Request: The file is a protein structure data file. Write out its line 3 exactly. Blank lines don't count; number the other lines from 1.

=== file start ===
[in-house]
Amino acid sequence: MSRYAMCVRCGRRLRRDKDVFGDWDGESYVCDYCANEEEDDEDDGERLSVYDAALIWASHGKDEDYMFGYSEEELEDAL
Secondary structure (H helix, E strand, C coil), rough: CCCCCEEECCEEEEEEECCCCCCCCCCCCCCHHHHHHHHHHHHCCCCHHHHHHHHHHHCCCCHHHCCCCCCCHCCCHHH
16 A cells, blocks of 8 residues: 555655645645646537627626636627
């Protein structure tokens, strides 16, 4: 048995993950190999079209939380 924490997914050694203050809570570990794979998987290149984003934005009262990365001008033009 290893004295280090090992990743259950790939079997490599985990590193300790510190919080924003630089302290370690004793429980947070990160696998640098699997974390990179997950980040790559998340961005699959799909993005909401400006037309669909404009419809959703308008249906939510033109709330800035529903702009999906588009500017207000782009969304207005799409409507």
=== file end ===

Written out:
Secondary structure (H helix, E strand, C coil), rough: CCCCCEEECCEEEEEEECCCCCCCCCCCCCCHHHHHHHHHHHHCCCCHHHHHHHHHHHCCCCHHHCCCCCCCHCCCHHH